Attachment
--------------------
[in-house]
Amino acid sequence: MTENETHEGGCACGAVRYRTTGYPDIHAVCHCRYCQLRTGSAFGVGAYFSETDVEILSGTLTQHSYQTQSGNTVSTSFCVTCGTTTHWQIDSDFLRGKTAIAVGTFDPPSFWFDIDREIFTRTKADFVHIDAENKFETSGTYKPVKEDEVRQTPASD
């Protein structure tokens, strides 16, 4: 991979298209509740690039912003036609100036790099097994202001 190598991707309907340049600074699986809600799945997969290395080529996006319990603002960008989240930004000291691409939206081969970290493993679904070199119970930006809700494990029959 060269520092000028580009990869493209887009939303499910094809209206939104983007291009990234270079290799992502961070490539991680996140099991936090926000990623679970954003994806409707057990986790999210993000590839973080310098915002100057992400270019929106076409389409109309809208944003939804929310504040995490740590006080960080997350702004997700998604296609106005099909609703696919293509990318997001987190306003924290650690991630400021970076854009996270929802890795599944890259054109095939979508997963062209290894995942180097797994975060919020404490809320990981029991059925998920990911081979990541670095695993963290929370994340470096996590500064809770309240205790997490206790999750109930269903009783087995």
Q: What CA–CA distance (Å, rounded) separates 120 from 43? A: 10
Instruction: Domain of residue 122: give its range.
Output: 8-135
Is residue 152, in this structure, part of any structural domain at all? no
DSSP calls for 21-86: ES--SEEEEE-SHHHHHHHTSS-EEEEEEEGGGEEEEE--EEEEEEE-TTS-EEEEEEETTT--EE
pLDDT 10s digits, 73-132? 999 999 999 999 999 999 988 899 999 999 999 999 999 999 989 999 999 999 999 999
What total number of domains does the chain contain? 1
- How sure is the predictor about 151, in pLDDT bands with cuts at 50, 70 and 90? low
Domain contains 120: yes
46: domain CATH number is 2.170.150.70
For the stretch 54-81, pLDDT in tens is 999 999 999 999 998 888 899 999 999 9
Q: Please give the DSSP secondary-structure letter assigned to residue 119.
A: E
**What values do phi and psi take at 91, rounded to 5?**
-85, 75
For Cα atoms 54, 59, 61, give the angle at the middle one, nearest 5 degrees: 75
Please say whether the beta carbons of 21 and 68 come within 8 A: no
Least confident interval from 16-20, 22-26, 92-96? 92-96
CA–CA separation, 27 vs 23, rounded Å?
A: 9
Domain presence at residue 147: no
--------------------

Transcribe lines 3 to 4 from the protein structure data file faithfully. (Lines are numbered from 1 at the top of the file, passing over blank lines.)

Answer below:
């Protein structure tokens, strides 16, 4: 991979298209509740690039912003036609100036790099097994202001 190598991707309907340049600074699986809600799945997969290395080529996006319990603002960008989240930004000291691409939206081969970290493993679904070199119970930006809700494990029959 060269520092000028580009990869493209887009939303499910094809209206939104983007291009990234270079290799992502961070490539991680996140099991936090926000990623679970954003994806409707057990986790999210993000590839973080310098915002100057992400270019929106076409389409109309809208944003939804929310504040995490740590006080960080997350702004997700998604296609106005099909609703696919293509990318997001987190306003924290650690991630400021970076854009996270929802890795599944890259054109095939979508997963062209290894995942180097797994975060919020404490809320990981029991059925998920990911081979990541670095695993963290929370994340470096996590500064809770309240205790997490206790999750109930269903009783087995």
Q: What CA–CA distance (Å, rounded) separates 120 from 43? A: 10